The instructions on the proofs that went back to Clark for the English edition were either different or were interpreted differently because, although the deleted phrase and deleted sentence are reinstated (or were never cancelled), the marginal addition did not make it into the English text. It is probable that Woolf revised this page for Clark without reference to the changes she had made for Harcourt, Brace, because in addition to other differences, she changed 'cup' to 'milk' and 'looking with round eyes.' to 'in his milk' for the English edition alone. Furthermore, the long passage ending the paragraph partially remains in the English text (in blue below) which, as published, reads:

Then all through the house there would be a sense of
doors slamming and blinds fluttering as if a
gusty wind were blowing and people scudded
about trying in a hasty way to fasten hatches
and make things shipshape. She had met Paul

Rayley like that one day on the stairs. They had
laughed and laughed, like a couple of children,
all because Mr. Ramsay, finding an earwig in his
milk at breakfast had sent the whole thing flying
through the air on to the terrace outside. "An
earwig," Prue murmured, awestruck, "in his
milk." Other people might find centipedes.
But he had built round him such a fence of
sanctity, and occupied the space with such a
demeanour of majesty that an earwig in his milk
was a monster.

The part of the paragraph that originally was set in type in the proof but is deleted from both the English and American editions, follows the word "monster." thus:

Later he met them outside his
study door, took them in, and showed them his
map of the Hebrides. It was a wonderful map.
He was charming, showing them his map. They
forgave him instantly, as indeed he expected to be

Did Woolf simply not cancel the passage from "They had laughed" through "monster" in the proofs for Harcourt, Brace? And did she simply not add the marginal passage in the proofs sent back to Clark for the English edition? These explanations seem more likely than that she marked both sets identically, but that the Clark printers failed to follow her instructions. And if she did mark the proofs differently, was it an oversight or did she mean for the two texts to be different? Why? The fact that this cancellation was made by Woolf in the first copy of proofs sent to America, indicates that it was not motivated by a desire to shorten the book. That motive received its implementation in the second copy sent later and was sufficiently addressed on pages 286-290. Finally, what, if any, significance can be attached to the fact that, when marking the second copy of proofs for the American edition, Woolf seems to have forgotten that she had deleted that long passage-at least she did not delete it again and, instead, made a couple of corrections in the passage.

Julia Briggs, who conceived of Woolf Online, remarked that "surprisingly little attention has been paid to [Woolf's] practice as a reviser of her own work. ... We need to know more about Woolf as a reviser, a role in which she reveals herself both as a modernist and a feminist, the author of a developing series of texts characterized by change, variation, difference, and the refusal to provide a definitive or final version" (Briggs 1999: 144). Woolf Online brings together all the extant materials relevant to such attention brought to bear on To the Lighthouse.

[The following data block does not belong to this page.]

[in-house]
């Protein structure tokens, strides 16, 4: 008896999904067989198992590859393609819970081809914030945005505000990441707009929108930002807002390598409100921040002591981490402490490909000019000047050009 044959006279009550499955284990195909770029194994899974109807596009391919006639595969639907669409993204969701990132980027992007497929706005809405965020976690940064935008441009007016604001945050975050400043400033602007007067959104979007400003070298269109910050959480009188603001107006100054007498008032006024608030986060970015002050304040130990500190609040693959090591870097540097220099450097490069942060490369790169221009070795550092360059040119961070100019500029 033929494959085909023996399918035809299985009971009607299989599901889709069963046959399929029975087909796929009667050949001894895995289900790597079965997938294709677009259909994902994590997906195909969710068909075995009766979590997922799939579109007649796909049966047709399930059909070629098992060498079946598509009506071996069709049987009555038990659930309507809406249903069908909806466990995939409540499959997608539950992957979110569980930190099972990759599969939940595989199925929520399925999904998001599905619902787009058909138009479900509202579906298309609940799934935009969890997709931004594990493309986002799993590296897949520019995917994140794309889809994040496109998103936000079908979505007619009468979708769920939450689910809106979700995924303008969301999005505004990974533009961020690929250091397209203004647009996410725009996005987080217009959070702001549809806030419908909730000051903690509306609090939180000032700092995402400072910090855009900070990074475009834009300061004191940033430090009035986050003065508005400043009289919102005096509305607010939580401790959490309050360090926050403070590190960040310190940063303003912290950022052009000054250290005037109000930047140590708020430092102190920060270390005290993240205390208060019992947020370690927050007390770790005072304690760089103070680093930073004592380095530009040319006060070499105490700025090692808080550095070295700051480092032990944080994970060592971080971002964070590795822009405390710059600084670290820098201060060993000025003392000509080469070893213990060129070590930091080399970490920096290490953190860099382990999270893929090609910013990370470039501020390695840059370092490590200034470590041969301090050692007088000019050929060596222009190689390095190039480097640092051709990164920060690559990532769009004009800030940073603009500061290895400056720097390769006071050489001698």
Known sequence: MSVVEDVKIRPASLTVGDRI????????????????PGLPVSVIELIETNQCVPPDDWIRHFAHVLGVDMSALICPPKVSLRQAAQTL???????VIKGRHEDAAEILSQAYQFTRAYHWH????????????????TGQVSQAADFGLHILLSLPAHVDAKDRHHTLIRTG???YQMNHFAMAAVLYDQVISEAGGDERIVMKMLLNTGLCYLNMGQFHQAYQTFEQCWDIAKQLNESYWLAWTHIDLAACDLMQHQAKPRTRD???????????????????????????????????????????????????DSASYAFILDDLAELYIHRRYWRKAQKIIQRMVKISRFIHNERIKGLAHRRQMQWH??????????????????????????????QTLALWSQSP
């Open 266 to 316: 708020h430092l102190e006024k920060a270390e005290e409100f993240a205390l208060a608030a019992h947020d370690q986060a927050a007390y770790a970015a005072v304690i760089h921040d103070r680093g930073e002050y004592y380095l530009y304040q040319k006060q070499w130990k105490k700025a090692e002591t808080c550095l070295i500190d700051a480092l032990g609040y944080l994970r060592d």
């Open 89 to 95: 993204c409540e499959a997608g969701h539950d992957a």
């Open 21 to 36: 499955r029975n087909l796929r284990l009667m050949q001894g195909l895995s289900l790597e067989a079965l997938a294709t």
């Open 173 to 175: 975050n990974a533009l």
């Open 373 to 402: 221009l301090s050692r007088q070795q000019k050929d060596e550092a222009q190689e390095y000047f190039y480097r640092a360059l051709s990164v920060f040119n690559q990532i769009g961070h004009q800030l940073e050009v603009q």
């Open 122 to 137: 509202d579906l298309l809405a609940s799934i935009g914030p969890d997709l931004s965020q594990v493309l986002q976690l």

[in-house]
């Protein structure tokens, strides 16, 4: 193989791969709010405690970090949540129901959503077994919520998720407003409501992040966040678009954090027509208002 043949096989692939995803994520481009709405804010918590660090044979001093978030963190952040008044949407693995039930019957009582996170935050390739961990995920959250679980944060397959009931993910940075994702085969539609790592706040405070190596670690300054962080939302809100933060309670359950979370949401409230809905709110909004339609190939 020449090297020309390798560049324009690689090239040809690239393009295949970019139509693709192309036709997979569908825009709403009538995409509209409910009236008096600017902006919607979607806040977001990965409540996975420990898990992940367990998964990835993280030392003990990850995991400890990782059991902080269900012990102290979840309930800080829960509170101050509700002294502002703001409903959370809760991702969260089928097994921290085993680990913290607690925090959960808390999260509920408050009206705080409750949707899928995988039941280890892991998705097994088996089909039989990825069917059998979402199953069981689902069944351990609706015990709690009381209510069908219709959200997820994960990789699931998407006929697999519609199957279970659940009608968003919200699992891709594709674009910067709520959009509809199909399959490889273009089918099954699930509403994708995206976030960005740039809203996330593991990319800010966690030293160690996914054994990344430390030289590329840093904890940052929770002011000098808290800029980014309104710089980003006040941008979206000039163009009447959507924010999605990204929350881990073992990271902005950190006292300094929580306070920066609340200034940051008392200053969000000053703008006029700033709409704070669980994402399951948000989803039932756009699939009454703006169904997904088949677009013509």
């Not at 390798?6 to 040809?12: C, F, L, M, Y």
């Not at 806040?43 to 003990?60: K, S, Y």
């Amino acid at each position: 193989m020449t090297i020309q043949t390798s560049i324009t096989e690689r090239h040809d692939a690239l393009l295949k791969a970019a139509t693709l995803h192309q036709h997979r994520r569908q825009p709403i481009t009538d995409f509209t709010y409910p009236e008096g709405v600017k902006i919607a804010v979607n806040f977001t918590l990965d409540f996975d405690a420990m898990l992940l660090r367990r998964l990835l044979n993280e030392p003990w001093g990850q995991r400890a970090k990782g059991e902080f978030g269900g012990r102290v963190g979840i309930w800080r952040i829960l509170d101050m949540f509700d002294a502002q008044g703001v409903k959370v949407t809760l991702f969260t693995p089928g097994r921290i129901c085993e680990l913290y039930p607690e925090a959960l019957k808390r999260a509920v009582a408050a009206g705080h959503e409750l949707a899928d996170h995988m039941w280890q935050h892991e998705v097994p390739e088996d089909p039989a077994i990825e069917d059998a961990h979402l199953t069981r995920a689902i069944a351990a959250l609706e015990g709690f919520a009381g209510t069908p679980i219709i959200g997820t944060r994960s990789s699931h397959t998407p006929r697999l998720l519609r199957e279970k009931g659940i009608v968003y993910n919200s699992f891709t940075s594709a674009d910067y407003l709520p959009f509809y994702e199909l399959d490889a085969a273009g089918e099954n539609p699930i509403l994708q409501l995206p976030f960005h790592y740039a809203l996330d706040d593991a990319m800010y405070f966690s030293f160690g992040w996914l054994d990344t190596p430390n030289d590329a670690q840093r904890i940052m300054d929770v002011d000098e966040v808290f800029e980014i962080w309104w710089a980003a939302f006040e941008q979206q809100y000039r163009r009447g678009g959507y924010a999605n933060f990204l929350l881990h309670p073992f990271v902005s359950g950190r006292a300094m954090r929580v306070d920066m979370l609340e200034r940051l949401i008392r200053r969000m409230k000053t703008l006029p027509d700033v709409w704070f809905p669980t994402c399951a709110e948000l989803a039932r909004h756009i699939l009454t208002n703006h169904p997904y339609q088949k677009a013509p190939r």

Recommended reading on textual issues:
  • Julia Briggs, "Between the Texts: Virginia Woolf's Acts of Revision." W. Speed Hill and Edward M. Burns. Eds. TEXT: An Interdisciplinary Annual of Textual Studies 12 (1999): 143-65.
  • Susan Dick, ed. To the Lighthouse by Virginia Woolf. The Shakespeare Head Press Edition of Virginia Woolf. Oxford: Blackwell, 1992.
  • Hans Walter Gabler, "A Tale of Two Texts: Or, How One Might Edit Virginia Woolf's To the Lighthouse." Woolf Studies Annual 10 (2004): 1-29.
  • J. A. Lavin, "The First Editions of Virginia Woolf's To the Lighthouse." In Joseph Katz, ed. Proof: The Yearbook of American Bibliographical and Textual Studies 2 (Columbia: U of South Carolina P, 1972): 185-211.
  • Stella McNichol, ed. To the Lighthouse by Virginia Woolf. London: Penguin, 1992.
  • Brenda R. Silver, "Textual Criticism as Feminist Practice: Or, Who's Afraid of Virginia Woolf Part II." In George Bornstein, ed. Representing Modernist Texts: Editing as Interpretation. Ann Arbor: U of Michigan P, 1991: 193-222.
Appendix: Detailed analysis of the Proofs

The evidence and reasoning for conclusions about the sequences for reading proofs, typesetting, and production are as follows: The copy of page proofs that contains all the gatherings was thoroughly marked in violet by Woolf for corrections and small changes but not marked by her for the large deletions required to reduce the book from 322 pages to 320. All of these larger deletions were made in pencil and black ink by an editor at Harcourt Brace who used Woolf's second copy of proofs from which to transfer the required adjustments to length. The second copy, containing only gatherings S, T, and U, is marked by Woolf only, not by Harcourt, Brace. It indicates all the large deletions and some short substitutions required to reduce the length of the novel and, from time to time, but not thoroughly, it also marked a few of the same corrections and revisions already noted in the first copy and added a few new revisions not present in the first copy-these were all transferred in black to the first copy by a Harcourt, Brace editor.